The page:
Another 60 Starlink internet satellites orbited by SpaceX
SpaceX launched its 25th batch of Starlink internet satellites to join its ever-growing constellation in low Earth orbit as the company continues its push for global coverage.
Liftoff atop a Falcon 9 took place at 11:44 p.m. EDT April 28 (03:44 UTC April 29), 2021, from Space Launch Complex 40 at Cape Canaveral Space Force Station in Florida. The first stage, core B1060-7, was on its seventh flight and landed on the drone ship “Just Read The Instructions” less than 10 minutes later.
While the second stage reached orbit after about nine minutes, it coasted in orbit for about 35 minutes before briefly igniting its engine again to circularize its trajectory. Then about 20 minutes after that, the 60 Starlink satellites were deployed.
The constellation of satellites are nearing full connectivity and after twenty eight launches, continuous coverage is expected to be achieved, according to Gwen Shotwell, President and Chief Operating Officer of SpaceX.
The Federal Communication Commission recently approved a modification to the internet provider allowing Starlink to move its future satellites to an altitude of 550 kilometers despite the objections of Amazon and other companies.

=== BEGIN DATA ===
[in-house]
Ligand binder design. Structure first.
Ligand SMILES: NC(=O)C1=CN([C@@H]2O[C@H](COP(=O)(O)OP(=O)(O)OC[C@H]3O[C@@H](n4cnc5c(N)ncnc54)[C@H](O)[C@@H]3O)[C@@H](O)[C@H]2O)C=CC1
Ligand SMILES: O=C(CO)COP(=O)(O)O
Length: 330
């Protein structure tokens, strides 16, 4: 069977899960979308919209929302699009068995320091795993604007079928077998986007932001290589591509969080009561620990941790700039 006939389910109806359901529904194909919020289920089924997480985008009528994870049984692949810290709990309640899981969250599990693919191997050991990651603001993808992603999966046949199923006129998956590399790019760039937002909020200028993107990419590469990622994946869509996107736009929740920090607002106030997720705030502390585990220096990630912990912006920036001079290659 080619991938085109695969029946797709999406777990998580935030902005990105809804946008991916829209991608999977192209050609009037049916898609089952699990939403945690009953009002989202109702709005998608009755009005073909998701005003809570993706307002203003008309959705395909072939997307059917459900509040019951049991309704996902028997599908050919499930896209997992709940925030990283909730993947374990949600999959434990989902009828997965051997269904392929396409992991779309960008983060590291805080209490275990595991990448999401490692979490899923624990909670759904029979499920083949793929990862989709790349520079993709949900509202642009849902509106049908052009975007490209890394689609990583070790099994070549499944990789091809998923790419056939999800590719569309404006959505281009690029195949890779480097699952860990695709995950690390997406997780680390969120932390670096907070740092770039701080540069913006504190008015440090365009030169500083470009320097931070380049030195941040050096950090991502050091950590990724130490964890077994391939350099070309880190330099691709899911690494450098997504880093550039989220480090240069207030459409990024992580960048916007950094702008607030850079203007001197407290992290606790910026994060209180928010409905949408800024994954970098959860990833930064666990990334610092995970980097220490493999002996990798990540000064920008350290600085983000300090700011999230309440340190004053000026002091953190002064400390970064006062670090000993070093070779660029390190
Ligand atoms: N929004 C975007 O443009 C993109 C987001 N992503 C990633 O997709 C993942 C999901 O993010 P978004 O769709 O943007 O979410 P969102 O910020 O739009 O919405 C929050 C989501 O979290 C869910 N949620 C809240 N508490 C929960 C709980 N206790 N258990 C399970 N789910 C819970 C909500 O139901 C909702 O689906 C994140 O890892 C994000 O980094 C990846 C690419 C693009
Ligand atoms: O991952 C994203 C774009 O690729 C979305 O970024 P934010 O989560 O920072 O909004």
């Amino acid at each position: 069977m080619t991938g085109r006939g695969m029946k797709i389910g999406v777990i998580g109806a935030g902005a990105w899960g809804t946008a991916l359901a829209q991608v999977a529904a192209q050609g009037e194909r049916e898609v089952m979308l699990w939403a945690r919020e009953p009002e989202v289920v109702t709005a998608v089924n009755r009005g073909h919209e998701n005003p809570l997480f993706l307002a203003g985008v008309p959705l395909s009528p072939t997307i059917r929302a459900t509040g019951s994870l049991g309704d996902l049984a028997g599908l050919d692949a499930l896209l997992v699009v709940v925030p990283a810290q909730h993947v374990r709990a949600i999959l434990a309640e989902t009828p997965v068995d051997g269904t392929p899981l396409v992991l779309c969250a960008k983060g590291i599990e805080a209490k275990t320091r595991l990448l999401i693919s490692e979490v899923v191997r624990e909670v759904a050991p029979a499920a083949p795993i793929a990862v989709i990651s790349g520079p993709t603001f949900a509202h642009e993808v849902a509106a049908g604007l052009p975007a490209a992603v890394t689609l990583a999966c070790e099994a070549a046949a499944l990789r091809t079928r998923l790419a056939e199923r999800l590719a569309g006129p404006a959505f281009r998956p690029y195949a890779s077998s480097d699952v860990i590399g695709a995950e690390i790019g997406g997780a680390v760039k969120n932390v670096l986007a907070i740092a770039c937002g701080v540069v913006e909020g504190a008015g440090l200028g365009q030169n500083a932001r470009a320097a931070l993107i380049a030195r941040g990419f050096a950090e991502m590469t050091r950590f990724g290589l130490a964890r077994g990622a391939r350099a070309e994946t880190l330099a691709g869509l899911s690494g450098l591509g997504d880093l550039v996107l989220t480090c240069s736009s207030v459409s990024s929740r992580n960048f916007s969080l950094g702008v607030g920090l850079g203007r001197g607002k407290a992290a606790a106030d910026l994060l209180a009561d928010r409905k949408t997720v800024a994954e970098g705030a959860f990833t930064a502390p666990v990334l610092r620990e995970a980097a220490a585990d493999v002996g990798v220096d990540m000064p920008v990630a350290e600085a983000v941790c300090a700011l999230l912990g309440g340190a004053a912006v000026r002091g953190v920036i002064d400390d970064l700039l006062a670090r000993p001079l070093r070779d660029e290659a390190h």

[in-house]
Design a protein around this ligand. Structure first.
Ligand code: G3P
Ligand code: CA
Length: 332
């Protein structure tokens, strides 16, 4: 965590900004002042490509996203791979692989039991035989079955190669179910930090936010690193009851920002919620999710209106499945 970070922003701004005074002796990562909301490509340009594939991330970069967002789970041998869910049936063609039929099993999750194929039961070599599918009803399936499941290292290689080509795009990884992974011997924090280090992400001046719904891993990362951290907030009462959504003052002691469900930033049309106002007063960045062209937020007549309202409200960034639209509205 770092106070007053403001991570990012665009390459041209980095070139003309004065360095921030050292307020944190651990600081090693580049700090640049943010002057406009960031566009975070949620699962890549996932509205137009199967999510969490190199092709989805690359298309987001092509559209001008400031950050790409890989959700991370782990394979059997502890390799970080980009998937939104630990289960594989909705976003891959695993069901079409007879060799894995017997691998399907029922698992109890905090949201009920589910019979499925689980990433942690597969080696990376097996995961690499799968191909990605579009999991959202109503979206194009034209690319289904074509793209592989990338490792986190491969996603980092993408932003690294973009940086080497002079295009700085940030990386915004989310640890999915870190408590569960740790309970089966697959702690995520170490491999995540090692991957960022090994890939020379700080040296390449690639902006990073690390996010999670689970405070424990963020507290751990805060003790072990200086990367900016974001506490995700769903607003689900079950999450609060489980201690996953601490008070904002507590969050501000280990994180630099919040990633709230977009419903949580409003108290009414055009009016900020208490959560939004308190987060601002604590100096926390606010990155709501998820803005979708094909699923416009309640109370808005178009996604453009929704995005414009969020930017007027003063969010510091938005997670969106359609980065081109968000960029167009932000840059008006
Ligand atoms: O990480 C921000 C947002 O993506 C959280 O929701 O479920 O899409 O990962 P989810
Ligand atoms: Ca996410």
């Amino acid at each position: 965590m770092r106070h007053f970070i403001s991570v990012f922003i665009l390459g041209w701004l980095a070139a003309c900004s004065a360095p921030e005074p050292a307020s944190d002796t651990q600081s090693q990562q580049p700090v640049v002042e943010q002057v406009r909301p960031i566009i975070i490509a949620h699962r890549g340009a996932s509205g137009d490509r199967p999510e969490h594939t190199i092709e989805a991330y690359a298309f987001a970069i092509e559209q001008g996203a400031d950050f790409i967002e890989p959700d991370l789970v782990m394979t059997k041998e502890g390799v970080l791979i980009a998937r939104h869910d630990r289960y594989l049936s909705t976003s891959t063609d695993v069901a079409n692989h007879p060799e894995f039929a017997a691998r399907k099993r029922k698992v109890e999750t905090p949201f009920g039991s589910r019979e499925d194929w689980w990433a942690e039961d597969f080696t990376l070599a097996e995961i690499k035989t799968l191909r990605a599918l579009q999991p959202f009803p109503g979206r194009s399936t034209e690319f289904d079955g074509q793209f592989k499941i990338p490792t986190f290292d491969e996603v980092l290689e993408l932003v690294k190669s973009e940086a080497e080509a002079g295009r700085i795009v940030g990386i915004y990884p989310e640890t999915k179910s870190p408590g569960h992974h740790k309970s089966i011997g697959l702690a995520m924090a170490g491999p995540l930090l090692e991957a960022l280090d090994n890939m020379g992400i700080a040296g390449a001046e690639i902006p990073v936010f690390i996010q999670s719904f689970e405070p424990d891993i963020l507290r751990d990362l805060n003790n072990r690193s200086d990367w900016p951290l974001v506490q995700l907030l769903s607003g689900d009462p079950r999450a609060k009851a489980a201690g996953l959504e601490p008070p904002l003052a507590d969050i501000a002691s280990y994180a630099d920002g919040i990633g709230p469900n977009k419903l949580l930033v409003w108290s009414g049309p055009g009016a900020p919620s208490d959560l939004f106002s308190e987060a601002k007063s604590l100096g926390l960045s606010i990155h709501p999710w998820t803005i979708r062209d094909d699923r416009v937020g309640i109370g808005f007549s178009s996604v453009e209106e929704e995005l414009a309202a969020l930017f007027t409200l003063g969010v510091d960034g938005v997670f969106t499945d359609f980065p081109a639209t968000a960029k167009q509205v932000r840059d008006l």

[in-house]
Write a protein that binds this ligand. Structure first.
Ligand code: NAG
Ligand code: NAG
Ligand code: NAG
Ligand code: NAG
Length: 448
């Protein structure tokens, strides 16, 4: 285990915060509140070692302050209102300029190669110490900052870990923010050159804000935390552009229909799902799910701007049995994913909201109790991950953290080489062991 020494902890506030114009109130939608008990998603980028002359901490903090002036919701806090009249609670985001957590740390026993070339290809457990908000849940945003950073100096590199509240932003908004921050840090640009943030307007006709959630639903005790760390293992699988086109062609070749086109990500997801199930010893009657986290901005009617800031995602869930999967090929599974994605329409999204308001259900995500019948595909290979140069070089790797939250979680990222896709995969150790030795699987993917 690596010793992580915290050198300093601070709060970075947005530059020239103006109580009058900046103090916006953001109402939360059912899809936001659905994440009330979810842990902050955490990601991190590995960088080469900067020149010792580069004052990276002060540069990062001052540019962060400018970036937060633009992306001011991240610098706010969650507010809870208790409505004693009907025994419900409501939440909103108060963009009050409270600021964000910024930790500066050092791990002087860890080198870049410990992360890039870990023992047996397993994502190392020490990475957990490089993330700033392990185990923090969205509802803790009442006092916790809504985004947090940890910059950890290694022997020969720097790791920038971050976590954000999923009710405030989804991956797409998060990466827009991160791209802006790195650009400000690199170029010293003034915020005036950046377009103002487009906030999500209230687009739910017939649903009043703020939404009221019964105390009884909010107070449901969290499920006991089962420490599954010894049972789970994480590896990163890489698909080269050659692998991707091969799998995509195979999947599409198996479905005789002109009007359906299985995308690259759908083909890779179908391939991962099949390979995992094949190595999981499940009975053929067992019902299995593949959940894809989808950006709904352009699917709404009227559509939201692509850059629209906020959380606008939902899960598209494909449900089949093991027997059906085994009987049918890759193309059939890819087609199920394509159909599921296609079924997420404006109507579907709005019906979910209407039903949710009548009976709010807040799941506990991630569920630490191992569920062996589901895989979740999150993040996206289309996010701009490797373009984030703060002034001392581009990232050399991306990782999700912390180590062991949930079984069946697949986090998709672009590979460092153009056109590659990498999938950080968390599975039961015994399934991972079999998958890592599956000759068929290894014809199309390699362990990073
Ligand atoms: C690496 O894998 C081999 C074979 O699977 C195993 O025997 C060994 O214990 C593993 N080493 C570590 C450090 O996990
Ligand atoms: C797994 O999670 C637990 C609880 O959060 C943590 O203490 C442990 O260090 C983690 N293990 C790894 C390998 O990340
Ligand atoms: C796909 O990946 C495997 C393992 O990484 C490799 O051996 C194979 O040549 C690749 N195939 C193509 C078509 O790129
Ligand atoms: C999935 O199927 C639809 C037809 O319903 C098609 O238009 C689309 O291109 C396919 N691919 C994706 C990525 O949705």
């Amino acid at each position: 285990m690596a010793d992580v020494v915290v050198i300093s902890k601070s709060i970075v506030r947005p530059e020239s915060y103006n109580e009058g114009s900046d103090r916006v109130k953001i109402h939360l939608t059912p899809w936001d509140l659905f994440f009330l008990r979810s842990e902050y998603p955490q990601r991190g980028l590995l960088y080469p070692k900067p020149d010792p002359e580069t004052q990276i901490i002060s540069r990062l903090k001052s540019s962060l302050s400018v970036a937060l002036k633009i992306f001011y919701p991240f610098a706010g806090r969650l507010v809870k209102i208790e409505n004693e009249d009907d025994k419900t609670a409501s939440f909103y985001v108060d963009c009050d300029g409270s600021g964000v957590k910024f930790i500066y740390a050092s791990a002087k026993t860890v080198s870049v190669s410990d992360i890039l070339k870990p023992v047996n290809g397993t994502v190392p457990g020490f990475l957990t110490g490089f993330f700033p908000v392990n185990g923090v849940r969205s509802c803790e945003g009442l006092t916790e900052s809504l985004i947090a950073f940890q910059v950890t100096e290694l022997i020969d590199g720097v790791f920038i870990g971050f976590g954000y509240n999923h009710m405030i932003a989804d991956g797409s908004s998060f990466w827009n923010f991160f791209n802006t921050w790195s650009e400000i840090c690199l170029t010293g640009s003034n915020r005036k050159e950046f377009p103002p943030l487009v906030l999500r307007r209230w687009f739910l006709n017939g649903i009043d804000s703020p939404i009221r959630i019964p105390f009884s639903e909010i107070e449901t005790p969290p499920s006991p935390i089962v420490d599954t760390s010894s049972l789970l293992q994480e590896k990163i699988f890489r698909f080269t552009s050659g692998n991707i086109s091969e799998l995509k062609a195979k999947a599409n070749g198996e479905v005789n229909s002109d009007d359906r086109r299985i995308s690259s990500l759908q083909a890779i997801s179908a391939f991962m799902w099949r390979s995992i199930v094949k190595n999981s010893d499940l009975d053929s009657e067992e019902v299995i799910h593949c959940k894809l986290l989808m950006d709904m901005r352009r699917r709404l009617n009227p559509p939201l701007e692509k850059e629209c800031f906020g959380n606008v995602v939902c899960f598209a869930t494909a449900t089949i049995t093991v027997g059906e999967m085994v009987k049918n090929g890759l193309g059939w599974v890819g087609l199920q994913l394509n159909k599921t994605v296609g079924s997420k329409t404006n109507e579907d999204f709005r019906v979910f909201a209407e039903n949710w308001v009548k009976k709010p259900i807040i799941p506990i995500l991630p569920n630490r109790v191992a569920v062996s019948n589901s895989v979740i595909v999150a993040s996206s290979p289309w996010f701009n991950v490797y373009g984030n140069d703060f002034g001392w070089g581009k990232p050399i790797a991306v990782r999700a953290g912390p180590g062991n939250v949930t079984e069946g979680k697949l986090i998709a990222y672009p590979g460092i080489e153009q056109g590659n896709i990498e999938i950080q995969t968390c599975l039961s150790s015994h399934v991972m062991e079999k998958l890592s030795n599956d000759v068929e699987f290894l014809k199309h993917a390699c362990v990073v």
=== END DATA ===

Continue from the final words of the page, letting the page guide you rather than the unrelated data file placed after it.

The concern from other satellite networks is possible signal interference from the growing constellation. The FCC’s approval arrived just ahead of this launch, as SpaceX reached approximately 1,400 satellites in orbit and would have possibly had to suspend further launches until the modification approval was granted.
Starlink requested that once 1,584 satellites are in orbit, the next 2,814 satellites could orbit at an altitude of just under 570 kilometers, a split from SpaceX’s previous intention of an altitude above 1,100 kilometers.
Despite numerous objections to SpaceX’s proposed modifications from other providers, currently and intended, the FCC concluded there would be no signal interference in its approval of SpaceX’s modification request.
The Federal Communication Commission also requests SpaceX report twice yearly any “near misses” including those in the past six months. The FCC also would like a count of Starlink satellites that re-entered the earth’s atmosphere as well as ones that were discarded.
Video courtesy of SpaceX
Theresa Cross grew up on the Space Coast. It’s only natural that she would develop a passion for anything “Space” and its exploration. During these formative years, she also discovered that she possessed a talent and love for defining the unique quirks and intricacies that exist in mankind, nature, and machines. Hailing from a family of photographers—including her father and her son, Theresa herself started documenting her world through pictures at a very early age. As an adult, she now exhibits an innate photographic ability to combine what appeals to her heart and her love of technology to deliver a diversified approach to her work and artistic presentations. Theresa has a background in water chemistry, fluid dynamics, and industrial utility.